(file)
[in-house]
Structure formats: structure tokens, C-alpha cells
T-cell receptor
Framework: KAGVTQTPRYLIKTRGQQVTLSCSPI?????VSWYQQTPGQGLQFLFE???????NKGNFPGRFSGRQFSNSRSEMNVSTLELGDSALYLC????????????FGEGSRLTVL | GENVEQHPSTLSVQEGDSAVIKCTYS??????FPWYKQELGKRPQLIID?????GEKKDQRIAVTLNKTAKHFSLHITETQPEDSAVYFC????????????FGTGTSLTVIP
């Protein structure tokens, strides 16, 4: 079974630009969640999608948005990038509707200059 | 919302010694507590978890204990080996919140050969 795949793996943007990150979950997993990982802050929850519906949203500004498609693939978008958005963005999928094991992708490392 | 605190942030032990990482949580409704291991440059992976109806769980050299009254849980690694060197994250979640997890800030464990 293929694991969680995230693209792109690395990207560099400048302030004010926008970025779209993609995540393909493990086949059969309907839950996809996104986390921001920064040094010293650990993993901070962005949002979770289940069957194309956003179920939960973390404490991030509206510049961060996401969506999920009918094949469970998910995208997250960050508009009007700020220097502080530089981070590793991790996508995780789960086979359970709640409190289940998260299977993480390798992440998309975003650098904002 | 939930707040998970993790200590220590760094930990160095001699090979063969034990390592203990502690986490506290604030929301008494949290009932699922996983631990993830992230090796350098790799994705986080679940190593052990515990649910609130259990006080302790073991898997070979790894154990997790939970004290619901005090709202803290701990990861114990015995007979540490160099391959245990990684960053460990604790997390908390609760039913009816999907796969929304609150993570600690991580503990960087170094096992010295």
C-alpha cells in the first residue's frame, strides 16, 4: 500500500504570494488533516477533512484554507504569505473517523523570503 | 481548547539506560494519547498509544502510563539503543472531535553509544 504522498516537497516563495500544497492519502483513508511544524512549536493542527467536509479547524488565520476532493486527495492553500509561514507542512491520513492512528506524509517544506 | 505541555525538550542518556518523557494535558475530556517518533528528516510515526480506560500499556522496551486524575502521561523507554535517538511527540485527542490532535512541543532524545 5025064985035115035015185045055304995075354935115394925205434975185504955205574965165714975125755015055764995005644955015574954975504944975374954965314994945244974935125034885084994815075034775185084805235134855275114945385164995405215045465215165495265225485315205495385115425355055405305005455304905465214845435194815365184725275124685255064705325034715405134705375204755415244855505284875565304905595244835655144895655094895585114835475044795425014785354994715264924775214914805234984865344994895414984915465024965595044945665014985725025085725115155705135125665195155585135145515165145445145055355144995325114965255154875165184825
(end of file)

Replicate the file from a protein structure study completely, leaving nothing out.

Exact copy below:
[in-house]
Structure formats: structure tokens, C-alpha cells
T-cell receptor
Framework: KAGVTQTPRYLIKTRGQQVTLSCSPI?????VSWYQQTPGQGLQFLFE???????NKGNFPGRFSGRQFSNSRSEMNVSTLELGDSALYLC????????????FGEGSRLTVL | GENVEQHPSTLSVQEGDSAVIKCTYS??????FPWYKQELGKRPQLIID?????GEKKDQRIAVTLNKTAKHFSLHITETQPEDSAVYFC????????????FGTGTSLTVIP
């Protein structure tokens, strides 16, 4: 079974630009969640999608948005990038509707200059 | 919302010694507590978890204990080996919140050969 795949793996943007990150979950997993990982802050929850519906949203500004498609693939978008958005963005999928094991992708490392 | 605190942030032990990482949580409704291991440059992976109806769980050299009254849980690694060197994250979640997890800030464990 293929694991969680995230693209792109690395990207560099400048302030004010926008970025779209993609995540393909493990086949059969309907839950996809996104986390921001920064040094010293650990993993901070962005949002979770289940069957194309956003179920939960973390404490991030509206510049961060996401969506999920009918094949469970998910995208997250960050508009009007700020220097502080530089981070590793991790996508995780789960086979359970709640409190289940998260299977993480390798992440998309975003650098904002 | 939930707040998970993790200590220590760094930990160095001699090979063969034990390592203990502690986490506290604030929301008494949290009932699922996983631990993830992230090796350098790799994705986080679940190593052990515990649910609130259990006080302790073991898997070979790894154990997790939970004290619901005090709202803290701990990861114990015995007979540490160099391959245990990684960053460990604790997390908390609760039913009816999907796969929304609150993570600690991580503990960087170094096992010295």
C-alpha cells in the first residue's frame, strides 16, 4: 500500500504570494488533516477533512484554507504569505473517523523570503 | 481548547539506560494519547498509544502510563539503543472531535553509544 504522498516537497516563495500544497492519502483513508511544524512549536493542527467536509479547524488565520476532493486527495492553500509561514507542512491520513492512528506524509517544506 | 505541555525538550542518556518523557494535558475530556517518533528528516510515526480506560500499556522496551486524575502521561523507554535517538511527540485527542490532535512541543532524545 5025064985035115035015185045055304995075354935115394925205434975185504955205574965165714975125755015055764995005644955015574954975504944975374954965314994945244974935125034885084994815075034775185084805235134855275114945385164995405215045465215165495265225485315205495385115425355055405305005455304905465214845435194815365184725275124685255064705325034715405134705375204755415244855505284875565304905595244835655144895655094895585114835475044795425014785354994715264924775214914805234984865344994895414984915465024965595044945665014985725025085725115155705135125665195155585135145515165145445145055355144995325114965255154875165184825